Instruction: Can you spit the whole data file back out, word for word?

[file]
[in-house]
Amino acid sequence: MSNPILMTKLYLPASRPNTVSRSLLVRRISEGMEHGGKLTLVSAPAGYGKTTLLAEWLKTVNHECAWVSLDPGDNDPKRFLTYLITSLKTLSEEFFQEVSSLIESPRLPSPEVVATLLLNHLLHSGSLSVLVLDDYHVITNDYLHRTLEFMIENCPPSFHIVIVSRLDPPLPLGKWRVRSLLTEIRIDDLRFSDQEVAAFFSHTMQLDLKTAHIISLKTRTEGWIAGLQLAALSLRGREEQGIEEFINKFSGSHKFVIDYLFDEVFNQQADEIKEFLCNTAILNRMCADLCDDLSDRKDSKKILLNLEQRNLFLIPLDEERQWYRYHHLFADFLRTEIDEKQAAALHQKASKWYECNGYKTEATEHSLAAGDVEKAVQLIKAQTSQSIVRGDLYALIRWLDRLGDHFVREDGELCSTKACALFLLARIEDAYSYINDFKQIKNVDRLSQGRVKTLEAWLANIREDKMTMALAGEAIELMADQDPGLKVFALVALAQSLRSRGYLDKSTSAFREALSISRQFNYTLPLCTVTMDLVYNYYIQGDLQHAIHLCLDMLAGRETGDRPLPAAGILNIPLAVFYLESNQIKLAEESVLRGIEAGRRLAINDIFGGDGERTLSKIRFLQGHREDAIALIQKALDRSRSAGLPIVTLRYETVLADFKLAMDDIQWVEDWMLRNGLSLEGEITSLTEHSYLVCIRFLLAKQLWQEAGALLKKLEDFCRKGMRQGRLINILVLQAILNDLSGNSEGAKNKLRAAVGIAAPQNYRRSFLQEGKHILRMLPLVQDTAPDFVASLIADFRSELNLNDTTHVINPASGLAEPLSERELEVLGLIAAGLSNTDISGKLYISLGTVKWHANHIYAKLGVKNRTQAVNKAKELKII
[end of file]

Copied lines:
[in-house]
Amino acid sequence: MSNPILMTKLYLPASRPNTVSRSLLVRRISEGMEHGGKLTLVSAPAGYGKTTLLAEWLKTVNHECAWVSLDPGDNDPKRFLTYLITSLKTLSEEFFQEVSSLIESPRLPSPEVVATLLLNHLLHSGSLSVLVLDDYHVITNDYLHRTLEFMIENCPPSFHIVIVSRLDPPLPLGKWRVRSLLTEIRIDDLRFSDQEVAAFFSHTMQLDLKTAHIISLKTRTEGWIAGLQLAALSLRGREEQGIEEFINKFSGSHKFVIDYLFDEVFNQQADEIKEFLCNTAILNRMCADLCDDLSDRKDSKKILLNLEQRNLFLIPLDEERQWYRYHHLFADFLRTEIDEKQAAALHQKASKWYECNGYKTEATEHSLAAGDVEKAVQLIKAQTSQSIVRGDLYALIRWLDRLGDHFVREDGELCSTKACALFLLARIEDAYSYINDFKQIKNVDRLSQGRVKTLEAWLANIREDKMTMALAGEAIELMADQDPGLKVFALVALAQSLRSRGYLDKSTSAFREALSISRQFNYTLPLCTVTMDLVYNYYIQGDLQHAIHLCLDMLAGRETGDRPLPAAGILNIPLAVFYLESNQIKLAEESVLRGIEAGRRLAINDIFGGDGERTLSKIRFLQGHREDAIALIQKALDRSRSAGLPIVTLRYETVLADFKLAMDDIQWVEDWMLRNGLSLEGEITSLTEHSYLVCIRFLLAKQLWQEAGALLKKLEDFCRKGMRQGRLINILVLQAILNDLSGNSEGAKNKLRAAVGIAAPQNYRRSFLQEGKHILRMLPLVQDTAPDFVASLIADFRSELNLNDTTHVINPASGLAEPLSERELEVLGLIAAGLSNTDISGKLYISLGTVKWHANHIYAKLGVKNRTQAVNKAKELKII